Marketing On A Budget
Posted by Dana B on July 10, 2019 in Acuity

Many small businesses don’t have the resources to allocate a large portion of their budget to marketing. But that doesn’t mean you need to forgo it altogether. Marketing is essential to the growth and success of a business, and it's important to budget and plan for it.


For all marketing plans, it’s important to know your customer. You must understand your audience and what they are looking for. Advertising content must be relevant and personal to the customer. A little research about your customer can help ensure your marketing dollars are as effective as possible.


Prioritize your marketing channels and content, whether digital, print, email, or a combination. Different audiences require different types of interactions. Match your spending to revenue, and adjust the plan as needed. Knowing how much to spend on marketing is critical, but knowing how to spend the money is just as important. Below are some low-cost and unique marketing ideas for your business!


  • Email marketing. There are various platforms, such as MailChimp, that offer free, low-volume email marketing. The free version may eventually require upgrading, which will come with a fee.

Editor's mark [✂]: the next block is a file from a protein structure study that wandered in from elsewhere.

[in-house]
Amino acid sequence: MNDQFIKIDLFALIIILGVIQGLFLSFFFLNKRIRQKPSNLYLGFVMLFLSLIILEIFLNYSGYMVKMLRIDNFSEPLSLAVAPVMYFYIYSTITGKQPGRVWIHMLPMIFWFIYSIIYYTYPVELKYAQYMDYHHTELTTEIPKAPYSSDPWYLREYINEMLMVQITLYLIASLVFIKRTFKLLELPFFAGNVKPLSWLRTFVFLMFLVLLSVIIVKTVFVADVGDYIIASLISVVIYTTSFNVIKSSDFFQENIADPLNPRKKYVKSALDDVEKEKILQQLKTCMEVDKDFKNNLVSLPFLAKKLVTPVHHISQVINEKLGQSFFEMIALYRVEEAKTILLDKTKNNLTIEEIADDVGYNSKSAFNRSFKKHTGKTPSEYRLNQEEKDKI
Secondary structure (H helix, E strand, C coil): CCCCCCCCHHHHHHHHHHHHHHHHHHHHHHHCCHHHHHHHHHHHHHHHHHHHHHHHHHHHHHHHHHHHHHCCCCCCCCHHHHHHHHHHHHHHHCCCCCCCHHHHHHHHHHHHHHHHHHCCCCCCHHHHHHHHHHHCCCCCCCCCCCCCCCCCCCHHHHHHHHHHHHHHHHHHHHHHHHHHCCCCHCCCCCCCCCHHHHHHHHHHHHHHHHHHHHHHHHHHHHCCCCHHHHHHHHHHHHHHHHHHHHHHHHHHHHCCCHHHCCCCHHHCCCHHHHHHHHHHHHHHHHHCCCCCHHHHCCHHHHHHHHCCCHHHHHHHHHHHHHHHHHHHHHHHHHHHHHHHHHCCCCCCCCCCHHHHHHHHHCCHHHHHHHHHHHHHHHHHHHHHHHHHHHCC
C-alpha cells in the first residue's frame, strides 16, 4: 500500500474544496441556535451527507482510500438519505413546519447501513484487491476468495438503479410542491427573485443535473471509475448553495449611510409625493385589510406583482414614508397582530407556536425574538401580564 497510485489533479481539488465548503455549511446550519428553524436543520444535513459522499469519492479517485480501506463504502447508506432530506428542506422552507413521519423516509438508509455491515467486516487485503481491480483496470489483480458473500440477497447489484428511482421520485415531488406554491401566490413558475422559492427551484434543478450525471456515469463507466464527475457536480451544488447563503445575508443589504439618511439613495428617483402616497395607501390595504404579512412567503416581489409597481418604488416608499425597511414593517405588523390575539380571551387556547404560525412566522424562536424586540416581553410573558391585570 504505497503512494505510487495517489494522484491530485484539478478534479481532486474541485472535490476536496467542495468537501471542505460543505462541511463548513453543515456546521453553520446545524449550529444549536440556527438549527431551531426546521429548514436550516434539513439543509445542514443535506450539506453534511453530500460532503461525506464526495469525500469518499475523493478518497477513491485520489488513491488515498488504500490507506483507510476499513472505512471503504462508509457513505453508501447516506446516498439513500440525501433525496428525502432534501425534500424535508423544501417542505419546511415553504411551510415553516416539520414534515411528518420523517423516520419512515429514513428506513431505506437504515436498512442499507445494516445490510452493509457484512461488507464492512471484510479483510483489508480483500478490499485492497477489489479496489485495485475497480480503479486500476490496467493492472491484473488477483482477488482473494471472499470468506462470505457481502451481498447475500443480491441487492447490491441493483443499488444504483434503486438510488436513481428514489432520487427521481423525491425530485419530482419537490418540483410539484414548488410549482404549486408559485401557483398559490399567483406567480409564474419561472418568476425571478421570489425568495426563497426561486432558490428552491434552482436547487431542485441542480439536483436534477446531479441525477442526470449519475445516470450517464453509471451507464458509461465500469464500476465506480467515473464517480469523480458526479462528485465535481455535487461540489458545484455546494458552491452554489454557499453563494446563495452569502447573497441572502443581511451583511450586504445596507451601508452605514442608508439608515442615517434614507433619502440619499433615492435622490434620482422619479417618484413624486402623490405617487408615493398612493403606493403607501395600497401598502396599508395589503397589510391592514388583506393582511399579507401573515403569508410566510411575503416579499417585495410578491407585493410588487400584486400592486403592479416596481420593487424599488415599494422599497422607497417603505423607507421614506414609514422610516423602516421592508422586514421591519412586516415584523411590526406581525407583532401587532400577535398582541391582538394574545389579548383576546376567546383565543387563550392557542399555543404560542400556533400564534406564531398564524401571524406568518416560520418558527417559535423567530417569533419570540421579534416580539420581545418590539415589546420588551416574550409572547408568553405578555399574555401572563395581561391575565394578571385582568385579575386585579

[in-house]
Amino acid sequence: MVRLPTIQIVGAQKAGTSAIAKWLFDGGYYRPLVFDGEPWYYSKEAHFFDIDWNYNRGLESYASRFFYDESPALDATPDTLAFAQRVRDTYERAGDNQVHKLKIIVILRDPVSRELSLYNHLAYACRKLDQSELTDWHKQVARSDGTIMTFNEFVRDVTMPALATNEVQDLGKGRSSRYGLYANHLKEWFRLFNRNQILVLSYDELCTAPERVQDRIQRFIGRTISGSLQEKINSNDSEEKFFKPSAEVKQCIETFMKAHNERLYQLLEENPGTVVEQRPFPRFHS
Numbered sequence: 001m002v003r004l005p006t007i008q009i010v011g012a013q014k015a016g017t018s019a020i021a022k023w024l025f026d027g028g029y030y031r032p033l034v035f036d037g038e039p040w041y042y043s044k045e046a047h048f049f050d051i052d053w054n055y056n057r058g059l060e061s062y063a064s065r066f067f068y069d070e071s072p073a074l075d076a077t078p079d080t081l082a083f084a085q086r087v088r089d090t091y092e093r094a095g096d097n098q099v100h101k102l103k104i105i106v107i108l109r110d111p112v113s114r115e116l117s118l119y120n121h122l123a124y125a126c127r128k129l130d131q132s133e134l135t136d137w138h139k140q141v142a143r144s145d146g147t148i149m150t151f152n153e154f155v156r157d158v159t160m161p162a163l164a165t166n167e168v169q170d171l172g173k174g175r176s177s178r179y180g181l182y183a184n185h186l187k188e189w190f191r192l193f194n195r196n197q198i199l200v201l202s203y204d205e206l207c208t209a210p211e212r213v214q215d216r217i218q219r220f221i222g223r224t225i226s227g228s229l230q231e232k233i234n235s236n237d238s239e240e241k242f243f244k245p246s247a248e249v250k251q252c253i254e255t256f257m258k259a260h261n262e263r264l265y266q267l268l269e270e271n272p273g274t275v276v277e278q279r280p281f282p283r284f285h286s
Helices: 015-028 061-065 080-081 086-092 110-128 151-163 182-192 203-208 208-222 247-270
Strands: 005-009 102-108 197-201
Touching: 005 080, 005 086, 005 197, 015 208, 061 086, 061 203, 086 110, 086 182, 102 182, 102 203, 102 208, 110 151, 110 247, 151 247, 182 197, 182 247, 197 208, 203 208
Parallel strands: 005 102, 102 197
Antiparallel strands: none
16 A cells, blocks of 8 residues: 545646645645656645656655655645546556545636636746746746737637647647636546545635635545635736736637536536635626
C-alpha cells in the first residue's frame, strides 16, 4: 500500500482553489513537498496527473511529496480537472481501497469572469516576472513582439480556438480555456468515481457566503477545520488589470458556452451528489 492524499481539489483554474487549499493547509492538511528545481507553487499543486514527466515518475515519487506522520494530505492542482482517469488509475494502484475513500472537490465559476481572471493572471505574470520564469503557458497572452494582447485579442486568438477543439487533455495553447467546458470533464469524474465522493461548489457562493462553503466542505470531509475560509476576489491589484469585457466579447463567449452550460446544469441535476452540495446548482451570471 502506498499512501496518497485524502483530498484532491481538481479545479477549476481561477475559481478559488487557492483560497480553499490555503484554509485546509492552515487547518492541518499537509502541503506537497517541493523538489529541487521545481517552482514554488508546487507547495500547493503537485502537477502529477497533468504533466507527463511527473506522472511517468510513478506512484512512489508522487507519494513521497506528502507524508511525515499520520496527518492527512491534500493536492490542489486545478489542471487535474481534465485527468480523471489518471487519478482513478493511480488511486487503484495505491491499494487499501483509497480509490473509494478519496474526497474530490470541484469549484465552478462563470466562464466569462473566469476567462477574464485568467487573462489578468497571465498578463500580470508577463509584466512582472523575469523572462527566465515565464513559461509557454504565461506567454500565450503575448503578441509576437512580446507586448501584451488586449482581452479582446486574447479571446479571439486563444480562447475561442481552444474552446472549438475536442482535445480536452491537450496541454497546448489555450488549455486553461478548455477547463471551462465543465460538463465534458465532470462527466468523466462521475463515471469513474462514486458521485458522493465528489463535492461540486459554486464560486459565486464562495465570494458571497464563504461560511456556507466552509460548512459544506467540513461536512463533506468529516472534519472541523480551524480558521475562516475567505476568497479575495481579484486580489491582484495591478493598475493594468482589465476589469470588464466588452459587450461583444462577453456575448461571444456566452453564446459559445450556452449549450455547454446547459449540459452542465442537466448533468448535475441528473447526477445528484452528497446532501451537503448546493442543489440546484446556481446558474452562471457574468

• Digital platforms and social media ads. In most cases, businesses can tailor their campaign to fit their budget. There are also resources, such as Google Adwords’ Keyword Planner, to make sure you are getting the most out of your targeting by researching the keywords your customers are using to search for you. Try experimenting with different social media ads without spending too much. You can start by boosting a Facebook post or promoting a tweet.
  • Google My Business. Google My Business is a master dashboard that connects your business with customers. You’ll have a free business profile that lets you connect with customers via Google Search and Maps.
  • Business directories. These are online lists of businesses at the national, state, or local level. Sometimes directories are niche or industry specific, so be sure to get your business added to any that are relevant. Ensure information about your business is consistent across all directories. Include your business name, address, phone number, business hours, links to your website and social media accounts, a description of your business, and images or videos of your storefront or operations.
  • Grow your social audience. You can optimize your social media efforts by focusing on the social media platforms that best target your audience, which could be Facebook, Twitter, Instagram, YouTube, Pinterest, or others, depending on the demographics and interests of your customers and potential customers. It is worth doing some research to find out where your customers are spending their time online. Be sure to post frequently and creatively. Encourage your audience to tag your business in pictures and posts to share their experiences. 
  • Join Facebook groups. Depending on the nature of your business, local leads can be found by joining targeted Facebook groups. Make sure you have your own profiles that clearly display your business bio. Engagement with people in the group, as well as sharing stories, will help you get more notice and encourage networking and potential customer gains.